24 Apr

Farkle: A Fast Game for Fast Money

How to play Farkle for money (without losing your shirt, or your friends!)

Farkle: A Fast Game for Fast Money

If you’re reading this, I’m going to assume you not only know the rules of Farkle, but you consider yourself to be an above average player. One might venture to say you’re so confident in your capabilities – that you trust your tried-and-true Farkle strategies so unquestioningly – that you’re willing to stake your hard earned money on their efficacy.

First of all, let me clear up two things.

  1. Farkle is a game less dominated by skill, and more influenced by chance. Yes, a smarter player who knows the odds and probabilities of Farkle dice will gain a slight edge over their opponents. But that doesn’t mean they’re going to win great sums of money.
  2. Family and friendship are worth far more than proving your Farkle supremacy. Winning is fun. Winning money is even more fun. But winning large amounts beyond extra pocket cash isn’t worth losing trusted relationships.

Suffice it to say, if you’re going to play Farkle for money in a social setting, keep the mood and the cash pot light. With that being said, let’s take a look at a few of the…

Best Ways to Bet Money on Farkle

There are actual several great and enjoyable ways to play Farkle for cash. Below, I’ll describe some of the ways I’ve played, and other ways I’ve only heard about.

Straight Up Betting

This is the easiest and most casual way to go about wagering on Farkle. It involves straight up betting on a game, or the total combined scores of a series of games. Each player puts the same amount of money in the pot, and the winner takes it all.

If betting per game, keep the amount small, such as a quarter, or one dollar at most. If betting on a series of games, the bet size and number of games should correlate with the number of players involved. If you have 5 players, play 5 rounds, betting up to $5 each.

Pot Building

This version is similar to straight up betting, but a lot more fun in my opinion. Everyone places the same, small bet size in the pot to start. Each time something special happens, players pay the pot.

For instance, if a player Farkles, that player throws in a quarter. Or if a player rolls a straight (1-6), everyone else pays a nickel or quarter to the pot.

You can take these rules in any direction you wish. You could even allow players to pay the pot to negate a Farkle and try again, although I’ve found that this particular rule is best applied in early rounds, not the final round of play.

Penny-a-Point Farkle

Farkle can be a very fun game to play by penny-a-point rules. Being a potentially high scoring game, however, I suggest putting a cap on the payouts. Or, eliminate the last zero in each players score for payment purposes.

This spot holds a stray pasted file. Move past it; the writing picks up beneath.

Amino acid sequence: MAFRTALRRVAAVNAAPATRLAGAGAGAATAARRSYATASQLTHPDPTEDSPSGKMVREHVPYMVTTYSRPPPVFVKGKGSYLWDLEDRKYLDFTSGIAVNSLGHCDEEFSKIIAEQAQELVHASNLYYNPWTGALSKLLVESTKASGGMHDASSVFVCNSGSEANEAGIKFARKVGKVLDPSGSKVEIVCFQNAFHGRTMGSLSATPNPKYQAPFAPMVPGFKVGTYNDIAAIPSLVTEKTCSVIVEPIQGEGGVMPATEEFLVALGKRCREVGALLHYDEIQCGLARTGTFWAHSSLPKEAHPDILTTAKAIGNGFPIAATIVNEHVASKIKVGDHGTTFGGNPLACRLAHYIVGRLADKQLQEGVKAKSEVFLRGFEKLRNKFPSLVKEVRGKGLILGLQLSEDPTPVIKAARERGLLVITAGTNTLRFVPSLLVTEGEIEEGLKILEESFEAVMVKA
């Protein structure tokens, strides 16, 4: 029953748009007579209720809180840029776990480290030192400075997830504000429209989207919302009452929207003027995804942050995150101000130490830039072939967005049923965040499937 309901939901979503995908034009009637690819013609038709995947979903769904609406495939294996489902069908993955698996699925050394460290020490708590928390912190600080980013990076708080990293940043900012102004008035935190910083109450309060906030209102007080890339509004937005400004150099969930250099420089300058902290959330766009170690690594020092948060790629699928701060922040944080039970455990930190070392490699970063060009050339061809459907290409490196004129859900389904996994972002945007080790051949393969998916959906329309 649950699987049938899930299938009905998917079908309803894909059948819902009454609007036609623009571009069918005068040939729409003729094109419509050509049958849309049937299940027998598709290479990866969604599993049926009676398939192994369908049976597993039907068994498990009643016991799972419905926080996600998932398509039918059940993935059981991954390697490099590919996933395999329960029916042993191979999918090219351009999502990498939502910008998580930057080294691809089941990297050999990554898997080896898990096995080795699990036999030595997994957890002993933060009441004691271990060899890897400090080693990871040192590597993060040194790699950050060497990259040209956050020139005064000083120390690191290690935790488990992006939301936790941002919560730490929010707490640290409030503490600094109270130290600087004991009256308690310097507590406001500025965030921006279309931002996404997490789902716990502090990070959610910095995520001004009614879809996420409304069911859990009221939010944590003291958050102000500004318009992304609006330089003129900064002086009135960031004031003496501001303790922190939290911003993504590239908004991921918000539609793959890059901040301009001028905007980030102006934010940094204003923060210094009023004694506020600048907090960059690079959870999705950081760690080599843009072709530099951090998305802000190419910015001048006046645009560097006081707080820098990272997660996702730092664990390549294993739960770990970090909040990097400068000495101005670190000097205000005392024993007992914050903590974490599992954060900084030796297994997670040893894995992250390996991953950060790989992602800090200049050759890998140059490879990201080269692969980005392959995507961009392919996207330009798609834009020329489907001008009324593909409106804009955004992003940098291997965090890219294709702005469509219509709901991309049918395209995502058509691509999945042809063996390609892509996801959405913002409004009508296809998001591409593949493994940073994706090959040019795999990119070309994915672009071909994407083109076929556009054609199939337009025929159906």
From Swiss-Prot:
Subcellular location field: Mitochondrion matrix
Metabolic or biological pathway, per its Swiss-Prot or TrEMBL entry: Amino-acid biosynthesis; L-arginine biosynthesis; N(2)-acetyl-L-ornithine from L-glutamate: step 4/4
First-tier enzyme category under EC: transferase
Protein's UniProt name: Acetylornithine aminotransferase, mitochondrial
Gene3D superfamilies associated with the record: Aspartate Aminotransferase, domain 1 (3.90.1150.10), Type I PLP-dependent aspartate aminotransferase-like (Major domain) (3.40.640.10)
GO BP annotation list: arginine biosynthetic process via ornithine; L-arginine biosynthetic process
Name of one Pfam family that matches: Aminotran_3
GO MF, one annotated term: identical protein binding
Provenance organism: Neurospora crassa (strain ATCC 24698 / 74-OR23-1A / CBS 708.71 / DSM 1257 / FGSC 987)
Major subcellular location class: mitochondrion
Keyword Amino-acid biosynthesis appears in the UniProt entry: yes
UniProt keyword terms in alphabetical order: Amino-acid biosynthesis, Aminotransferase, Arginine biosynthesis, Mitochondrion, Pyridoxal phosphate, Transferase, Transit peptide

For example, if one player has a great run, ending with 10,000 points, and another experiences terrible luck, finishing with just 2,000, by penny-a-point rules that loser would pay the winner $80.00! That’s a lot of money to lose on a quick game of dice.

Instead, erasing that last zero (0) would bring the loss down to $8.00; a much more reasonable amount. Instating a $5.00 cap might be an even better idea. If combining scores from multiple games, a larger but still manageable cap of $15 to $20 might be in order. Set the cost at a level that’s appropriate for all of your group’s members so there’s no loss of enjoyment for the losers, and the entertainment can last a good long while.

Tournament Farkle

This option is best suited for even-number groups of more serious. Each player pays a small amount to join in. Then everyone splits off into pairs of twos. You’ll need 6 dice for each pair, as they’ll all be playing their own heads-up Farkle match. The winners of each match faces off against one another until just two players remain.

Alternatively, if you only have 6 dice, allow everyone to participate in a single game. At the end of each round, half of the players with the lowest score are eliminated. The other half move on to compete in the next round, with either two or three finalists (depending on starting number) battle it out for the championship.

In a small group of up 4 to 6 players, the winner takes 75% of the pot, and the runner up 25%. If playing with 7+, add a third place position, splitting the pot 50%, 30% and 20%. You can divvy the pot any way you wish, and to as many players as you like, so long as the last person paid gets an amount equal to or exceeding their buy-in.

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